Marathon family honored for work on haunted houses


Joe McIntyre/staff photographer
ABOVE: Ellena Holl, 11, tries on an alien costume for size while moonwalking in a cosmic tunnel at a haunted house she and her family are constructing in Marathon. FamilyFun magazine has recognized the Holls for work they and other volunteers do on annual haunted houses for the community.
BELOW: Rich Holl and his son Evan, 13, open a door to one of the space-age attractions at the haunted house. haunt

Staff Reporter

MARATHON — Two years ago, the Holl family started up a public haunted house not only to scare people but to bring the community together.
“We wanted something kids could do as a family, so they could branch out their circle of friends and have a common experience,” said Ethanie Holl.
Now the family is being recognized for making that happen. On Sept. 18, FamilyFun magazine announced the Holls, who live in Marathon, won a grand prize in the magazine’s second annual volunteer contest. The contest recognizes families who give back to their communities, inspire others to take action and make volunteering fun.
The family — parents Rich and Ethanie and children Jacob, 18, Karolina, 16, Evan, 13, and Ellena, 11 — received $5,000 from the magazine for a charity of its choice. The family chose to give the money to the Peck Memorial Library on Main Street in Marathon.
Ethanie Holl said it just made sense to give the money to the library. She would spend time at the library as a child while her father worked at the First National Bank across the street. Her husband is on the library board and the family has benefited from the library’s story hours, craft hours and sign language glasses.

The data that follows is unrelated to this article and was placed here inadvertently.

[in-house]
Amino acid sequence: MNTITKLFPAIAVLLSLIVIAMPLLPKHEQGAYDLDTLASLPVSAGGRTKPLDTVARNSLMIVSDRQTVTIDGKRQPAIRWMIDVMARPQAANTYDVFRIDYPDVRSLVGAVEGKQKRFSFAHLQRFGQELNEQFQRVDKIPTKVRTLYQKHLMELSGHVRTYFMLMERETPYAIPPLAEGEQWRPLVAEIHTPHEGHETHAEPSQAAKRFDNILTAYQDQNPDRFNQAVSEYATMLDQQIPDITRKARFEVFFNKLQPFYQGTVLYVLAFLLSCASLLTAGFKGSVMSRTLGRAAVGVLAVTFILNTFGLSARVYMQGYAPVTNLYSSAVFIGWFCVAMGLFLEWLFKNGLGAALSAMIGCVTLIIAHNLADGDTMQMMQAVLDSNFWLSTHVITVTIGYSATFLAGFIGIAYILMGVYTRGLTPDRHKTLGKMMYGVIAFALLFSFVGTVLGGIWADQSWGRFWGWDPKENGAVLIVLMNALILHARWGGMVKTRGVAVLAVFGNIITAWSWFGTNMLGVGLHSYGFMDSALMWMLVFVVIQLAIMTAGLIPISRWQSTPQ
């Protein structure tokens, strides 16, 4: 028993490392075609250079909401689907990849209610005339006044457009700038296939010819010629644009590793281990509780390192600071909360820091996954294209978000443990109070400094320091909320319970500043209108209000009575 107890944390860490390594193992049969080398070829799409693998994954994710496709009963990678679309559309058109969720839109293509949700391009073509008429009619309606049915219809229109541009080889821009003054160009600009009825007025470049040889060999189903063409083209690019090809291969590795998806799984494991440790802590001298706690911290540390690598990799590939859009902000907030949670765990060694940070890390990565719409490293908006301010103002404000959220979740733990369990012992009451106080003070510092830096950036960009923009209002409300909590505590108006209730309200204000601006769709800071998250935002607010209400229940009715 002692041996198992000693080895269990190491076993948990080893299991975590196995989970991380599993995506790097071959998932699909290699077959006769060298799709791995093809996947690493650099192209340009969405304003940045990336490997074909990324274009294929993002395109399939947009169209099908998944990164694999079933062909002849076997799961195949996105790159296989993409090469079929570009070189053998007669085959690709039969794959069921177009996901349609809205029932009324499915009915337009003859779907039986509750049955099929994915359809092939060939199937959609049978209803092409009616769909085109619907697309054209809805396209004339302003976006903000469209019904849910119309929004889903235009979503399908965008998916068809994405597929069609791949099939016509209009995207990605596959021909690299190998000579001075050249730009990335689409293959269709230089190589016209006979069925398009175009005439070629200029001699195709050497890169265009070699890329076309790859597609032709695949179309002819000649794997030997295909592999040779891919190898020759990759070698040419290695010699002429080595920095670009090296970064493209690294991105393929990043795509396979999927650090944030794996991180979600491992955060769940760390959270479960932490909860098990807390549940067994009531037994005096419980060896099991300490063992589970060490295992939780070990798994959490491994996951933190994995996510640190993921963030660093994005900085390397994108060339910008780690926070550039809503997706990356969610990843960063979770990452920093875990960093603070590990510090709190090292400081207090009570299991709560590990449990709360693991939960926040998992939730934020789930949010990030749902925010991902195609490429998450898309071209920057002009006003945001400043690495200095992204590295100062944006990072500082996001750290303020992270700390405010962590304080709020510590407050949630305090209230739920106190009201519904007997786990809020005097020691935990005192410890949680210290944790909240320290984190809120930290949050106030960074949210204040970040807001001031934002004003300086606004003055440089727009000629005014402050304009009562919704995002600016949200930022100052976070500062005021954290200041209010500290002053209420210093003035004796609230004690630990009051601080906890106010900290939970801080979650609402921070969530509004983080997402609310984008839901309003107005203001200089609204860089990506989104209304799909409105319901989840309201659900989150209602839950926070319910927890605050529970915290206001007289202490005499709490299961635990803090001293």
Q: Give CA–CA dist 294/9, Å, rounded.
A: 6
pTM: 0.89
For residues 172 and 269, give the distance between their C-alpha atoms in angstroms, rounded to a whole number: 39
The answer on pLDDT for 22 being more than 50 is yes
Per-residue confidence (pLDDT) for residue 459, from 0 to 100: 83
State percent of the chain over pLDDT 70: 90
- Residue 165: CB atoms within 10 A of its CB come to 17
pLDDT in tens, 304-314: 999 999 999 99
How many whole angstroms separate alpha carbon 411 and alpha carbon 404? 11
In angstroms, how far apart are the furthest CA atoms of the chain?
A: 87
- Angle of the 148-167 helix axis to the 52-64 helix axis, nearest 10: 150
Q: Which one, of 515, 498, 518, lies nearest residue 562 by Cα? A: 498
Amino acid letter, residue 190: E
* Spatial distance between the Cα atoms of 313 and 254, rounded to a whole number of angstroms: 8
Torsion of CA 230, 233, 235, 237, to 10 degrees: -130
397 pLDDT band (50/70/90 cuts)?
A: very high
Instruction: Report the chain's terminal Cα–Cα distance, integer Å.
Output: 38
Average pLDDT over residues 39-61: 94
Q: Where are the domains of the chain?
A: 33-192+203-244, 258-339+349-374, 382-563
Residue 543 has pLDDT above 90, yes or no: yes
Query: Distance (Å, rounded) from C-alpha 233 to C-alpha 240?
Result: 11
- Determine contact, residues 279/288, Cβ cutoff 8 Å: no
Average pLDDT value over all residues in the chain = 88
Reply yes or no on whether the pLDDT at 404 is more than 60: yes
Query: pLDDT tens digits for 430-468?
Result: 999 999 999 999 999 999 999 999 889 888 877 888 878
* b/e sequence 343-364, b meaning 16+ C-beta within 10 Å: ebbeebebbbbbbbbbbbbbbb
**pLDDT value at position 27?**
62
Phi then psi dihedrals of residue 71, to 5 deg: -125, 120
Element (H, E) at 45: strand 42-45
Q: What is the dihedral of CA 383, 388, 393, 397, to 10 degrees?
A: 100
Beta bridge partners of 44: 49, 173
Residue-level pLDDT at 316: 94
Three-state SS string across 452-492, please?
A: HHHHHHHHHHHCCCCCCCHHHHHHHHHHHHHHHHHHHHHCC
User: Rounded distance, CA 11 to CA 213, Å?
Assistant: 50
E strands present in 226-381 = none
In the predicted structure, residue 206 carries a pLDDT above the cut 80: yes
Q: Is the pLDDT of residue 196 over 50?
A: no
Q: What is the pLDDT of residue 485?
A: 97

“The library goes way back in our family,” she said.
The Holls said they most likely won the contest because of their efforts with the haunted house. The family also does volunteer work through the Cortland County Young Marines Program, but the fun nature of the haunted house most likely won over the FamilyFun magazine officials, they said.
Two years ago the haunted house took place in the library’s opera house and last year it was held in the Marathon train station.
This year, it will take place in the civic building on the corner of Peck Avenue and Brink Street. The Holls started working on the house back in November, they said, when they measured out space in the building. Ever since, they’ve been planning for the Oct. 27 and 28 event, which will have an alien theme.
The Holls plan to have about 100 volunteers join them to build parts of the house, act as its inhabitants and sell food and tickets at the event. The money raised from food sales and sales of tickets will go toward the library, the Red Cross and the various organizations that sell the tickets and food.
“They’ll keep 100 percent of the profits,” Rich Holl said.